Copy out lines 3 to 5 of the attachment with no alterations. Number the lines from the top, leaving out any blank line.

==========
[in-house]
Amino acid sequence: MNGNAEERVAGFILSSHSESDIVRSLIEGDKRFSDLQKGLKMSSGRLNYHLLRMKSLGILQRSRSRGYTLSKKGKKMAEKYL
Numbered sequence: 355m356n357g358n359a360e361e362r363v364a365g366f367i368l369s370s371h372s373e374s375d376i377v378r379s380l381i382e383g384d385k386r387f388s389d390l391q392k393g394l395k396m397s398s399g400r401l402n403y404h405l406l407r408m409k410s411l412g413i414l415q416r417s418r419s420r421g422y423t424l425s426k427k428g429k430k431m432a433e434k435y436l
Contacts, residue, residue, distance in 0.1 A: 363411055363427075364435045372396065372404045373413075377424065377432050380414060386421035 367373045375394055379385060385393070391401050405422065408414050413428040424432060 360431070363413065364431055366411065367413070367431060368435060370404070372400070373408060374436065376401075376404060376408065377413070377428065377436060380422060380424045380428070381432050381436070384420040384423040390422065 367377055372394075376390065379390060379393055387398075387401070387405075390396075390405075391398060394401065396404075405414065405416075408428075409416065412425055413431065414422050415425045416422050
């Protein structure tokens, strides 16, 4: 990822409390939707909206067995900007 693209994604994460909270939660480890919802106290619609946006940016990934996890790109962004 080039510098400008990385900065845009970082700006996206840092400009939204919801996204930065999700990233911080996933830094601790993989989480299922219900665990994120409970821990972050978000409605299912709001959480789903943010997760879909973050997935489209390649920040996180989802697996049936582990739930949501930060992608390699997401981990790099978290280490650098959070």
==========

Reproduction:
Numbered sequence: 355m356n357g358n359a360e361e362r363v364a365g366f367i368l369s370s371h372s373e374s375d376i377v378r379s380l381i382e383g384d385k386r387f388s389d390l391q392k393g394l395k396m397s398s399g400r401l402n403y404h405l406l407r408m409k410s411l412g413i414l415q416r417s418r419s420r421g422y423t424l425s426k427k428g429k430k431m432a433e434k435y436l
Contacts, residue, residue, distance in 0.1 A: 363411055363427075364435045372396065372404045373413075377424065377432050380414060386421035 367373045375394055379385060385393070391401050405422065408414050413428040424432060 360431070363413065364431055366411065367413070367431060368435060370404070372400070373408060374436065376401075376404060376408065377413070377428065377436060380422060380424045380428070381432050381436070384420040384423040390422065 367377055372394075376390065379390060379393055387398075387401070387405075390396075390405075391398060394401065396404075405414065405416075408428075409416065412425055413431065414422050415425045416422050
């Protein structure tokens, strides 16, 4: 990822409390939707909206067995900007 693209994604994460909270939660480890919802106290619609946006940016990934996890790109962004 080039510098400008990385900065845009970082700006996206840092400009939204919801996204930065999700990233911080996933830094601790993989989480299922219900665990994120409970821990972050978000409605299912709001959480789903943010997760879909973050997935489209390649920040996180989802697996049936582990739930949501930060992608390699997401981990790099978290280490650098959070």